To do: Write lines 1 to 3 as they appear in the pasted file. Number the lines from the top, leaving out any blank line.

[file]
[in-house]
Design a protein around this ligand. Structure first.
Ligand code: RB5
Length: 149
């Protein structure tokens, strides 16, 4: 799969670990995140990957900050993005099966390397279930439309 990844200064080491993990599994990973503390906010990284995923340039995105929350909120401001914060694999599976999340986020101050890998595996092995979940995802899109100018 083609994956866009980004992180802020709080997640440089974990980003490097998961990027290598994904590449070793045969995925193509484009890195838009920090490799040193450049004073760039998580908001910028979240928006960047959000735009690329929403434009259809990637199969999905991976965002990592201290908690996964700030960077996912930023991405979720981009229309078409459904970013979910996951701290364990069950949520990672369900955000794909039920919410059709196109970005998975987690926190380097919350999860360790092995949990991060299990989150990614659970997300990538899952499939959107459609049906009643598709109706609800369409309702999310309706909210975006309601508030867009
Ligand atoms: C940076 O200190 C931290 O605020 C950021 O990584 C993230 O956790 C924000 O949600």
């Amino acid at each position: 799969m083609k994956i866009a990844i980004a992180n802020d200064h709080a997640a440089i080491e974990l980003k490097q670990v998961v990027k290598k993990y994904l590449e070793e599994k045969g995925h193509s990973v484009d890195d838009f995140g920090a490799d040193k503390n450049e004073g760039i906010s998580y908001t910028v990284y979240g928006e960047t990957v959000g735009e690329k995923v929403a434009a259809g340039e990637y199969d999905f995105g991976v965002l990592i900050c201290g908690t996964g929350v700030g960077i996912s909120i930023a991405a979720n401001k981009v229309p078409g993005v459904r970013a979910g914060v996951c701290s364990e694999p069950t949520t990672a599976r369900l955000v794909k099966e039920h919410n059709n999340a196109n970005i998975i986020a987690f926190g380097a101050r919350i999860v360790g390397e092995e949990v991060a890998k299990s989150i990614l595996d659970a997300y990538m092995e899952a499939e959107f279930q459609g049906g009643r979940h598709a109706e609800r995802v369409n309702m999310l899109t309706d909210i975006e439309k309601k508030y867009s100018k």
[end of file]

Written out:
[in-house]
Design a protein around this ligand. Structure first.
Ligand code: RB5